For our anniversary last year my wife gave me my first club membership. Pelham (N.Y.) Country Club has a jewel of a course, the site of Gene Sarazen's and Walter Hagen's duel at the 1923 PGA. I grew up nearby, but the only times I visited golf courses as a kid were at night, usually pursued by the authorities after some boyhood prank. Golf came late in life for me and hit hard.
When I told my 84-year-old Uncle Larry about the joys of belonging to Pelham, he confided that when he was a boy growing up in Mount Vernon, N.Y., he had dreamed of making a living at golf. In those days he had caddied, mopped floors at a bank and worked at a pharmacy, where he fought with other delivery boys over who'd get to take medicine to the Kennedy house, where Joe Kennedy Sr. always tipped you a fiver. "I hopped the fence at Pelham once," my uncle told me, "and was confronted by a member who threatened to have me arrested for trespassing. 'Sir,' I said, 'my father is a member in good standing and would be offended by your accusation.' Well, the old guy looked surprised and said, 'Please accept my apologies, young man, and play on."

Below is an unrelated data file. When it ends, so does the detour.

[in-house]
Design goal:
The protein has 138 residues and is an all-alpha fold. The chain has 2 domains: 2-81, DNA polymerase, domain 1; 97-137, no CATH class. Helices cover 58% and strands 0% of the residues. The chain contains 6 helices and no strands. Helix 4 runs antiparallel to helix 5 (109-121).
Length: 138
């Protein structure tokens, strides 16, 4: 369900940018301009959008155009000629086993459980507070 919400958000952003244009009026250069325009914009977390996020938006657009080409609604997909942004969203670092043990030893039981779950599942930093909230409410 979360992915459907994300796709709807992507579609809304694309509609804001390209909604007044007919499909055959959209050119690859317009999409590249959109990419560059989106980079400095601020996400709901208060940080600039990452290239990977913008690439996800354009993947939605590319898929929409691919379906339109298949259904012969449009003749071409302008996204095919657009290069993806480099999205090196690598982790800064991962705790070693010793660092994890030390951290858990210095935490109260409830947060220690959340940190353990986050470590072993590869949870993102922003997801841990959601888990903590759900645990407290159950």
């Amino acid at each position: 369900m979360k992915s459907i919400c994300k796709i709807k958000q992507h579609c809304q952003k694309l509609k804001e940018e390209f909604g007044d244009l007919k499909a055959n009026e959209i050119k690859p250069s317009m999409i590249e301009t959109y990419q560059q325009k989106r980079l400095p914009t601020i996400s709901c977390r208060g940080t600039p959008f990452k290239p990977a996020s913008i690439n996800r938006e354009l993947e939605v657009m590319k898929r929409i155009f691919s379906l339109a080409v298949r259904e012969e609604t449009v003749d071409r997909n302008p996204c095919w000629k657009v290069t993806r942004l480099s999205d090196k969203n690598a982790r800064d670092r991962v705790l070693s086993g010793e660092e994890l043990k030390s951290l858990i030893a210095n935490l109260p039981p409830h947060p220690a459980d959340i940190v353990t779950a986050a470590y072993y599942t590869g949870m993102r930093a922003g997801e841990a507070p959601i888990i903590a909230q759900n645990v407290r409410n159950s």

Now, I knew that Uncle Larry's father, my grandfather, was no "member in good standing" at Pelham. The man had a less-than-legal speakeasy business and a weakness for the horses.
"Pete," my uncle said, "I gave that guy the bull, and he took it."
Within a month of our talk, my uncle died and a TV pilot I had done, The Secret Lives of Men, about three divorced guys who play golf, got picked up by ABC. Now, as I walk the course at Pelham "rehearsing" my role as a weekend duffer, I can't help smiling at the thought that one of us is making a living at golf.